Second, the government of the Terran Federation is hardly a dictatorship, even a civilian one. I have heard the dictatorship claim made on several occasions, yet seems to be totally without any support whatsoever. It seems to be based on the assumption that ANY limitation on the franchise is undemocratic, which is clearly without historical context. EVERY democracy, past or present, has put limits on the franchise. Ancient Athens, the Roman Republic, and Revolutionary America (to name but a few) limited the franchise to male free landowners of majority age -- distinctly less than half the population. Today, there are still limitations regarding birth, age, and civic status (i.e., criminal record) in every democracy on the planet, yet no one has made the argument that the United States, for example, is a dictatorship because 17-year-old convicted felons aren't allowed to vote. Heinlein's Federation is unique not in that it places restrictions on the franchise, but that full citizenship is determined by a conscious act (open to all), rather than an accident of birth. It is no different in theory than the process by which a foreign national becomes a naturalized American citizen, and in practice is much less restricted.
The Terran Federation is consistently described as a representative democracy, where the only difference between those with full citizenship and those without is the right to vote and hold public office. One can certainly argue that, as a practical matter, such a state couldn't exist -- that it is portrayed as a democracy, though, is incontrovertible. For what it's worth, Poul Anderson -- a self-described libertarian -- reached the same conclusion:
"I never joined in the idiot cries of "fascist!" It was plain that the society of _Starship Troopers_ is, on balance, more free than ours today. I did wonder how stable its order of things would be, and expressed my doubts in public print as well as in the occasional letters we exchanged. Heinlein took no offense. After a little argument back and forth, we both fell into reminiscences of Switzerland, where he got the notion in the first place." [_Requiem_ 1992, p.319]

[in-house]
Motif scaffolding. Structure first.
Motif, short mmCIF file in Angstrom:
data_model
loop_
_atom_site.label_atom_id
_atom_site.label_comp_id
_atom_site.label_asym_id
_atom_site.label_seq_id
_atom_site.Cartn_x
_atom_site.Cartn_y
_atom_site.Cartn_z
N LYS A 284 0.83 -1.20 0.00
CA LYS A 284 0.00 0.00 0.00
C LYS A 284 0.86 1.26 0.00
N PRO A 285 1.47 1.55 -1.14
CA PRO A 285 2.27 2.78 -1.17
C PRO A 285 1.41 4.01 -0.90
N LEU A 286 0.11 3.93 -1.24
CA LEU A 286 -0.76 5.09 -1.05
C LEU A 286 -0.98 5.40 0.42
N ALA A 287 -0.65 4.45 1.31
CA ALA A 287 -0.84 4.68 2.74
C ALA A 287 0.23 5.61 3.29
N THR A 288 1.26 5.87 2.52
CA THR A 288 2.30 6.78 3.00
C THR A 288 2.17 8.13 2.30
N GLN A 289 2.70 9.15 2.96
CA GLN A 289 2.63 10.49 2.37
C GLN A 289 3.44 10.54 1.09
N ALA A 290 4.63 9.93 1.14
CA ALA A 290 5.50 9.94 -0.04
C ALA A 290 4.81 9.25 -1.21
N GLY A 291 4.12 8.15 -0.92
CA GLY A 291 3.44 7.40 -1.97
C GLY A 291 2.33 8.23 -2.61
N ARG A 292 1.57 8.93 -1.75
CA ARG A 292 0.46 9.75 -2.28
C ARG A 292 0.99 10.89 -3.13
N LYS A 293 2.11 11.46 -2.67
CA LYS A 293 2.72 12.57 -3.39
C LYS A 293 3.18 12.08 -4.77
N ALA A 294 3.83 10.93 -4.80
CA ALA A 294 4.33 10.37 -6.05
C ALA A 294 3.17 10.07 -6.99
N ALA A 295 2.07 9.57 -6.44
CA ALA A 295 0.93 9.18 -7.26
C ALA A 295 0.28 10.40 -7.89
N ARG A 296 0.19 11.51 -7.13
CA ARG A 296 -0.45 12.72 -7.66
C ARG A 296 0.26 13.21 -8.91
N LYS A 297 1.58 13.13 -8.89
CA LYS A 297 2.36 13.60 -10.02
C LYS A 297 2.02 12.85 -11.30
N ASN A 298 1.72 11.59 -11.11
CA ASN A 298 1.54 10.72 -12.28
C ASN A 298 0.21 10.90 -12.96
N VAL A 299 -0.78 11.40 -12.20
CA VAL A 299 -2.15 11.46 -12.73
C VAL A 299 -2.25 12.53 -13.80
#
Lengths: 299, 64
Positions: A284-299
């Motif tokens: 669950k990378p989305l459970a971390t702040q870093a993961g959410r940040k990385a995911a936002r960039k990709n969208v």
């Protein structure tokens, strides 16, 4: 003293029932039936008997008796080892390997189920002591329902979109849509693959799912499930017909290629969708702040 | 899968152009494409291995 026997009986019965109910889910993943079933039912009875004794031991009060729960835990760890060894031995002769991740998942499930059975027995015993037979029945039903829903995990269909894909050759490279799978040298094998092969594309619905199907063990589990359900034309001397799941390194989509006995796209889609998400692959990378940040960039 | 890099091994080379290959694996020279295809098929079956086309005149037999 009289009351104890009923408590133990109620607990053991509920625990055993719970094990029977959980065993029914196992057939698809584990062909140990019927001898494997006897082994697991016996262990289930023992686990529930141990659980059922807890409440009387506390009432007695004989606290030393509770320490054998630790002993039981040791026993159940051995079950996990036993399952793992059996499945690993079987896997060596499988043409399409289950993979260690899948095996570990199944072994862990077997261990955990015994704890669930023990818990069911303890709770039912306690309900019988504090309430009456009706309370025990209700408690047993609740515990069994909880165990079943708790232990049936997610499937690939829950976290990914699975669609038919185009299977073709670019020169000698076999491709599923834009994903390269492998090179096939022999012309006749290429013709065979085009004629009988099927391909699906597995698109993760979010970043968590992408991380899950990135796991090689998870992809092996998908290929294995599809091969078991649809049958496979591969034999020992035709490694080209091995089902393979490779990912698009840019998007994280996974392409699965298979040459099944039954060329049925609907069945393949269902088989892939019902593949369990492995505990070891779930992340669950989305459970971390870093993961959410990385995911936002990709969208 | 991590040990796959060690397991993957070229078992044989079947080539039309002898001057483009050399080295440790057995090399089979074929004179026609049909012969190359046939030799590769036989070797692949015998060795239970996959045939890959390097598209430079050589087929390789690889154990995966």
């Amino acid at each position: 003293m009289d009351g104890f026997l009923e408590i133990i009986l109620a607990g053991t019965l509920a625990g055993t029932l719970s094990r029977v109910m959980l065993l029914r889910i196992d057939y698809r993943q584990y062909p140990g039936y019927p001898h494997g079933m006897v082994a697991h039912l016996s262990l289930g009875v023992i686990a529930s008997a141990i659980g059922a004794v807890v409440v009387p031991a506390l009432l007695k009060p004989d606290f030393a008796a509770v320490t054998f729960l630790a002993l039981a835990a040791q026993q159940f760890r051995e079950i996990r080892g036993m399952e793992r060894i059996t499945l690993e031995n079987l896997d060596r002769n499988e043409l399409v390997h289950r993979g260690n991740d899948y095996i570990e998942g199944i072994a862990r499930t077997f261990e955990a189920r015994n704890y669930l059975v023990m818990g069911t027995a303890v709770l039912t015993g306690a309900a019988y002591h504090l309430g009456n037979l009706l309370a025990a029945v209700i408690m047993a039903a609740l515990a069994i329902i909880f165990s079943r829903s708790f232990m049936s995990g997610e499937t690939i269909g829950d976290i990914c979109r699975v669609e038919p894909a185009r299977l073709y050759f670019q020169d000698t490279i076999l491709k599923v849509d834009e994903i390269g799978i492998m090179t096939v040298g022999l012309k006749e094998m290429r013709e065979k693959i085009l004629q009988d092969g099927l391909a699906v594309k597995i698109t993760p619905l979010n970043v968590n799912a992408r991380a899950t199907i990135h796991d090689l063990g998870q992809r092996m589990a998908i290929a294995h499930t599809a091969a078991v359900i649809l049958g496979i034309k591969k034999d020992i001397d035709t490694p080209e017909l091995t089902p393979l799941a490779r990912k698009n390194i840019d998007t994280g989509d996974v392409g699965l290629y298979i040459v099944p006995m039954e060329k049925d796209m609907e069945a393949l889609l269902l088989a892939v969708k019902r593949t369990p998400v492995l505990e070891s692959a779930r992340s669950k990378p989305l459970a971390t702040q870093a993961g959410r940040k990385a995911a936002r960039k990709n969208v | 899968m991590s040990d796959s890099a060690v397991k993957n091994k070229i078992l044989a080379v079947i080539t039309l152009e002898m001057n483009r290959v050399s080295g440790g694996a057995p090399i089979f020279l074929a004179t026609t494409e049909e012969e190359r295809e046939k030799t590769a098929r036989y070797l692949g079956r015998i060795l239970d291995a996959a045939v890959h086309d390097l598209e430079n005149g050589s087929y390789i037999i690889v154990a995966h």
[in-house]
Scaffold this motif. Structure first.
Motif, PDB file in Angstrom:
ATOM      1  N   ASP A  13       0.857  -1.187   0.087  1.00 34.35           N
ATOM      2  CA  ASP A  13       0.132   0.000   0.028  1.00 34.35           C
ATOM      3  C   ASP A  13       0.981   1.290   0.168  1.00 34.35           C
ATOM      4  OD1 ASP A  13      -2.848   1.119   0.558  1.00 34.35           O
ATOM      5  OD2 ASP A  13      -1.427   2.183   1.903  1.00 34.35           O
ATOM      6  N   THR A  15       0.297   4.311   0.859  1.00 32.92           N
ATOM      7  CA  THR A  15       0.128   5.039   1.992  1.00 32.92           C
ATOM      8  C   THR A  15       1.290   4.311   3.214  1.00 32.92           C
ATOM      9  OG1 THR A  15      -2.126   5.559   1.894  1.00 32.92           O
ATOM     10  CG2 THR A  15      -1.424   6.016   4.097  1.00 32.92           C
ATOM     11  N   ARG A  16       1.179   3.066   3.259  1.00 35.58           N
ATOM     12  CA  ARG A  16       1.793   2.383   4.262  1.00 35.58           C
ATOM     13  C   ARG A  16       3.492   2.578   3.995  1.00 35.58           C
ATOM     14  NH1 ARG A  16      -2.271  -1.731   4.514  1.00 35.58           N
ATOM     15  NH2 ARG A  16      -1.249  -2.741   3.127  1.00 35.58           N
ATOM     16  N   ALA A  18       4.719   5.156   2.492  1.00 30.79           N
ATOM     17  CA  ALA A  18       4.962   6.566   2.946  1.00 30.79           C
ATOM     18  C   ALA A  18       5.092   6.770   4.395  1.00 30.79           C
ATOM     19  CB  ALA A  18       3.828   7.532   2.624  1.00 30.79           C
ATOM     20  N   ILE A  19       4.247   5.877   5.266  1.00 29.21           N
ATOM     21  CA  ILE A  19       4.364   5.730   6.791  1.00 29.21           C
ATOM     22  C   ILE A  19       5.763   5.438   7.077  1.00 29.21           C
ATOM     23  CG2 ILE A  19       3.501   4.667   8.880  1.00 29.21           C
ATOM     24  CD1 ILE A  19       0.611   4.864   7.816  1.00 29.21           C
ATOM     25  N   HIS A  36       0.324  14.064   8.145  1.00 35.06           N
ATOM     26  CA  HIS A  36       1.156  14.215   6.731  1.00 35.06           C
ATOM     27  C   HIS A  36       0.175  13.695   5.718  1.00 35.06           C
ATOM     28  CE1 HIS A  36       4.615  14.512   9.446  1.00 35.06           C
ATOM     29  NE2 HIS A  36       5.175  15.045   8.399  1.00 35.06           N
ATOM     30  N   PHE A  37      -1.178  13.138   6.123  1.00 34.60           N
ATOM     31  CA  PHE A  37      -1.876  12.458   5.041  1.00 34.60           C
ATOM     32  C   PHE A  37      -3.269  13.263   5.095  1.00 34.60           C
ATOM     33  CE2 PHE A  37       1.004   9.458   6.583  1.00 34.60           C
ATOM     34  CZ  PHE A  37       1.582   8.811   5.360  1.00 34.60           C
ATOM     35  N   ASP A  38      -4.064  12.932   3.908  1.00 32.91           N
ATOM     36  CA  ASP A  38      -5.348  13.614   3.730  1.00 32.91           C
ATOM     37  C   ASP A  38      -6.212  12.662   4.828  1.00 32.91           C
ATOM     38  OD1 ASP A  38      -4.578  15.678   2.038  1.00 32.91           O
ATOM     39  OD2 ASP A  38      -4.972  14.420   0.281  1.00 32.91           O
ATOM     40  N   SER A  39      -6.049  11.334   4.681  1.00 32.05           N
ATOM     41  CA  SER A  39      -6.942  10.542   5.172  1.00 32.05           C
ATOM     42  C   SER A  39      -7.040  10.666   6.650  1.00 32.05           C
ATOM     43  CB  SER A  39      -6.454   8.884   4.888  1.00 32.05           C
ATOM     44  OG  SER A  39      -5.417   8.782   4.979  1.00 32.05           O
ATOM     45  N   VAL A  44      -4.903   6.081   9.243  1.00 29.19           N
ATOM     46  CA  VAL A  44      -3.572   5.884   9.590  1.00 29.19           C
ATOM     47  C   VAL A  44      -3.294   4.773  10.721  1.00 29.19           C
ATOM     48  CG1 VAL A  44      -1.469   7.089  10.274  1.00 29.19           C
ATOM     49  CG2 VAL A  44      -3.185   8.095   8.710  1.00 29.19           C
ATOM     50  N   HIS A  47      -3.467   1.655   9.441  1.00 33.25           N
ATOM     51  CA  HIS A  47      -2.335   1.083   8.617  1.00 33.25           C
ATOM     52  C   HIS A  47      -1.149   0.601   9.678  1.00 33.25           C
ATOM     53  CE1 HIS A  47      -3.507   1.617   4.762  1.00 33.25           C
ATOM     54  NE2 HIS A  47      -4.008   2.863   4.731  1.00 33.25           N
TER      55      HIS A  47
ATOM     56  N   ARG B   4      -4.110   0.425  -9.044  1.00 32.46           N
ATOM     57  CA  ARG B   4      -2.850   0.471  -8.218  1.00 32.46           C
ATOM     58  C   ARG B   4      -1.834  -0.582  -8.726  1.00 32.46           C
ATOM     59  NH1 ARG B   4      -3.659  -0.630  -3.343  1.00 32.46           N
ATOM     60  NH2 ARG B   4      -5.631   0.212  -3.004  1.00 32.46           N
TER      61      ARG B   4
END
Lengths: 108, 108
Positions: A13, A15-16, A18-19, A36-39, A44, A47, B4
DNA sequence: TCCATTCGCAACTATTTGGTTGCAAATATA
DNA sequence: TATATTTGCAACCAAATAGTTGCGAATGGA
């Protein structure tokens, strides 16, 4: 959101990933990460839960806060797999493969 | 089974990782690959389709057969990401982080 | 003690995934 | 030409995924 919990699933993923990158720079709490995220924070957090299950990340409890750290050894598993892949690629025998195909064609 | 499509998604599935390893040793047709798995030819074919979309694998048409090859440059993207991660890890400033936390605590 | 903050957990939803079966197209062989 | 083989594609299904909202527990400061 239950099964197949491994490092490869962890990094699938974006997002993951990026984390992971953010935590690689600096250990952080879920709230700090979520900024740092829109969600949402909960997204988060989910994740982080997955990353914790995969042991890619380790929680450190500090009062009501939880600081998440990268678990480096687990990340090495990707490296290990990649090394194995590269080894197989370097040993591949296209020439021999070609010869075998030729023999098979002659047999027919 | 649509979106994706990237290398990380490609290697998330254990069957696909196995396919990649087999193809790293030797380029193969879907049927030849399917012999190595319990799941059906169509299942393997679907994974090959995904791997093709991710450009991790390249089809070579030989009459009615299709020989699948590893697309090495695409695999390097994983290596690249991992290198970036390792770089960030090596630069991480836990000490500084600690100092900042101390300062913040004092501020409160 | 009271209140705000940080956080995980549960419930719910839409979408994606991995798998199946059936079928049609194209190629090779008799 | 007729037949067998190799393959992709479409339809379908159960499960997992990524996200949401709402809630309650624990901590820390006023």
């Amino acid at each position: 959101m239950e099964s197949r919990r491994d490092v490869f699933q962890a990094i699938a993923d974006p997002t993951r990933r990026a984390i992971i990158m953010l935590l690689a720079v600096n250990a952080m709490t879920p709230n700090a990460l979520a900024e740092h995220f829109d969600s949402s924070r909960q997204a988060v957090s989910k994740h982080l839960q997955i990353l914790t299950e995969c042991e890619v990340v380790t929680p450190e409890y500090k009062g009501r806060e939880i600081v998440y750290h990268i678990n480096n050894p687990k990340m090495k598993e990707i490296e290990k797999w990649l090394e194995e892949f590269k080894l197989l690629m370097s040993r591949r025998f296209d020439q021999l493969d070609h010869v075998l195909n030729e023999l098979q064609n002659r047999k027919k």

Finally, it assumes that the populace behind the government is militaristic and the Terran Federation is warlike, a claim which is difficult if not impossible to support. It is clear from several statements in chapter 2, for example, that the Terran Federation is hard-pressed to find work for all the Federal Service enrollees. Emilio Rico, Johnny's father, refers to Federal Service as "parasitism, pure and simple. A functionless organ, utterly obsolete, living on the taxpayers." Why? "If there were a war, I'd be the first to cheer you on -- and put the business on a war footing. But there isn't, and praise God there never will be again. We've outgrown wars. This planet is now peaceful and happy and we enjoy good enough relations with other planets." [p. 24] It is clear that Emilio's attitude is not unique; the military is, in general, looked down upon, an attitude hardly consistent with a militaristic society. Note also that the war, when it did come, took a long time to break into open hostilities -- hardly characteristic of an "establishment [that] has a vested interest in starting wars."